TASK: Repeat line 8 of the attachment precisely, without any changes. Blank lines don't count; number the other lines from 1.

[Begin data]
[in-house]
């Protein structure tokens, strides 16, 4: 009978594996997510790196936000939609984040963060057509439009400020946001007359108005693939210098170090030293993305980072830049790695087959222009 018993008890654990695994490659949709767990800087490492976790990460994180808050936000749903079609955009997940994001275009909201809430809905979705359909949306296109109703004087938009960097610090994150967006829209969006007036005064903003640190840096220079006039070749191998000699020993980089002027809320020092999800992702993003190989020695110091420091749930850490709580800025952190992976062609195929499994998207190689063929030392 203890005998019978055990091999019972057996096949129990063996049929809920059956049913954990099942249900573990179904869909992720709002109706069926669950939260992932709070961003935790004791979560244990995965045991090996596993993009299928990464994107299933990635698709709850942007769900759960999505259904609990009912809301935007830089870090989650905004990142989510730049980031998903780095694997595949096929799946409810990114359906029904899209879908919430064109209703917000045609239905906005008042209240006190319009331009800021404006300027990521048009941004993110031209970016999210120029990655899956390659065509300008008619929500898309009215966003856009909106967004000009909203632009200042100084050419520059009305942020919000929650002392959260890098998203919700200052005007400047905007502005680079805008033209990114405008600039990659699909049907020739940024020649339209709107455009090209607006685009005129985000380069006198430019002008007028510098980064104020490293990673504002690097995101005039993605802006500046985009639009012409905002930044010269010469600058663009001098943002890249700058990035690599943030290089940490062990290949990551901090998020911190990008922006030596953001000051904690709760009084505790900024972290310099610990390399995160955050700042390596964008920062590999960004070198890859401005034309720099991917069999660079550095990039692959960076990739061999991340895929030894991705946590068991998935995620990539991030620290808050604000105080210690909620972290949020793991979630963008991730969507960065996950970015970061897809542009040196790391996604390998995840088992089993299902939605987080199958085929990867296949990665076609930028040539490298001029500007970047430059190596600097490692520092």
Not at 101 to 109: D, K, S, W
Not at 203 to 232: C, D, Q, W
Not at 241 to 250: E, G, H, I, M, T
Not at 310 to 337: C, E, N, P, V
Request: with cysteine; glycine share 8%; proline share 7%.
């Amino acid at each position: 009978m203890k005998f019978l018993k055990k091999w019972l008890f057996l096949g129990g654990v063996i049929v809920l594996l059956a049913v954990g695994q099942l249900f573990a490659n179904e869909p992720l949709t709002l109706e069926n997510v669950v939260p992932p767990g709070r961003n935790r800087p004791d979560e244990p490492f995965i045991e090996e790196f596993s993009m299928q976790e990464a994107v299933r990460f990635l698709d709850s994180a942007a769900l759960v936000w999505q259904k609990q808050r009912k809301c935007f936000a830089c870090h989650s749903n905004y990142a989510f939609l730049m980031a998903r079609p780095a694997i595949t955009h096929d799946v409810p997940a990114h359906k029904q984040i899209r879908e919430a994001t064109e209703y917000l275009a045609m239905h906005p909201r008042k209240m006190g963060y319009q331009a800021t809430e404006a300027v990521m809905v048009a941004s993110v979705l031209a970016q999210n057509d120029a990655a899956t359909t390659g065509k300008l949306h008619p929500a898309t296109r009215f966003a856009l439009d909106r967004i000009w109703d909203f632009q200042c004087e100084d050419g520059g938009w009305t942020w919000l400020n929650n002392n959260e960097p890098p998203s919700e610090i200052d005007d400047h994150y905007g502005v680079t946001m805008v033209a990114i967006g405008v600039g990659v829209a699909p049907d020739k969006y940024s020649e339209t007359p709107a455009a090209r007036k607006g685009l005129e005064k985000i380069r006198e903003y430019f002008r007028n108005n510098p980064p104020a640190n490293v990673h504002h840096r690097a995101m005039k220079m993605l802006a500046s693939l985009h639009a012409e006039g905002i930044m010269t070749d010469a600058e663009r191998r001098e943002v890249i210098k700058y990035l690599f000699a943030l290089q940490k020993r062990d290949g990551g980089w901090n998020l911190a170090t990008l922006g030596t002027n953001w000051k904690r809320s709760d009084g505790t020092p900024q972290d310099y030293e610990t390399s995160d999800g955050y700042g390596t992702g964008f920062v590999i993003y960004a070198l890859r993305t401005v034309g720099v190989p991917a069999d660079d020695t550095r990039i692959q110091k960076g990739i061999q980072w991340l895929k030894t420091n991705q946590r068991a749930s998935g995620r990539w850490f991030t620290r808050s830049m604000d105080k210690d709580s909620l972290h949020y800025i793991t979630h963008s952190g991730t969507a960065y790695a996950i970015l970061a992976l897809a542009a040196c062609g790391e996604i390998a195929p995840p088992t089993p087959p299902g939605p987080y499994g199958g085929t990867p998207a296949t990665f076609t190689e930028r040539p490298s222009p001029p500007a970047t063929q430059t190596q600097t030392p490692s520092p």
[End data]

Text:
């Amino acid at each position: 009978m203890k005998f019978l018993k055990k091999w019972l008890f057996l096949g129990g654990v063996i049929v809920l594996l059956a049913v954990g695994q099942l249900f573990a490659n179904e869909p992720l949709t709002l109706e069926n997510v669950v939260p992932p767990g709070r961003n935790r800087p004791d979560e244990p490492f995965i045991e090996e790196f596993s993009m299928q976790e990464a994107v299933r990460f990635l698709d709850s994180a942007a769900l759960v936000w999505q259904k609990q808050r009912k809301c935007f936000a830089c870090h989650s749903n905004y990142a989510f939609l730049m980031a998903r079609p780095a694997i595949t955009h096929d799946v409810p997940a990114h359906k029904q984040i899209r879908e919430a994001t064109e209703y917000l275009a045609m239905h906005p909201r008042k209240m006190g963060y319009q331009a800021t809430e404006a300027v990521m809905v048009a941004s993110v979705l031209a970016q999210n057509d120029a990655a899956t359909t390659g065509k300008l949306h008619p929500a898309t296109r009215f966003a856009l439009d909106r967004i000009w109703d909203f632009q200042c004087e100084d050419g520059g938009w009305t942020w919000l400020n929650n002392n959260e960097p890098p998203s919700e610090i200052d005007d400047h994150y905007g502005v680079t946001m805008v033209a990114i967006g405008v600039g990659v829209a699909p049907d020739k969006y940024s020649e339209t007359p709107a455009a090209r007036k607006g685009l005129e005064k985000i380069r006198e903003y430019f002008r007028n108005n510098p980064p104020a640190n490293v990673h504002h840096r690097a995101m005039k220079m993605l802006a500046s693939l985009h639009a012409e006039g905002i930044m010269t070749d010469a600058e663009r191998r001098e943002v890249i210098k700058y990035l690599f000699a943030l290089q940490k020993r062990d290949g990551g980089w901090n998020l911190a170090t990008l922006g030596t002027n953001w000051k904690r809320s709760d009084g505790t020092p900024q972290d310099y030293e610990t390399s995160d999800g955050y700042g390596t992702g964008f920062v590999i993003y960004a070198l890859r993305t401005v034309g720099v190989p991917a069999d660079d020695t550095r990039i692959q110091k960076g990739i061999q980072w991340l895929k030894t420091n991705q946590r068991a749930s998935g995620r990539w850490f991030t620290r808050s830049m604000d105080k210690d709580s909620l972290h949020y800025i793991t979630h963008s952190g991730t969507a960065y790695a996950i970015l970061a992976l897809a542009a040196c062609g790391e996604i390998a195929p995840p088992t089993p087959p299902g939605p987080y499994g199958g085929t990867p998207a296949t990665f076609t190689e930028r040539p490298s222009p001029p500007a970047t063929q430059t190596q600097t030392p490692s520092p």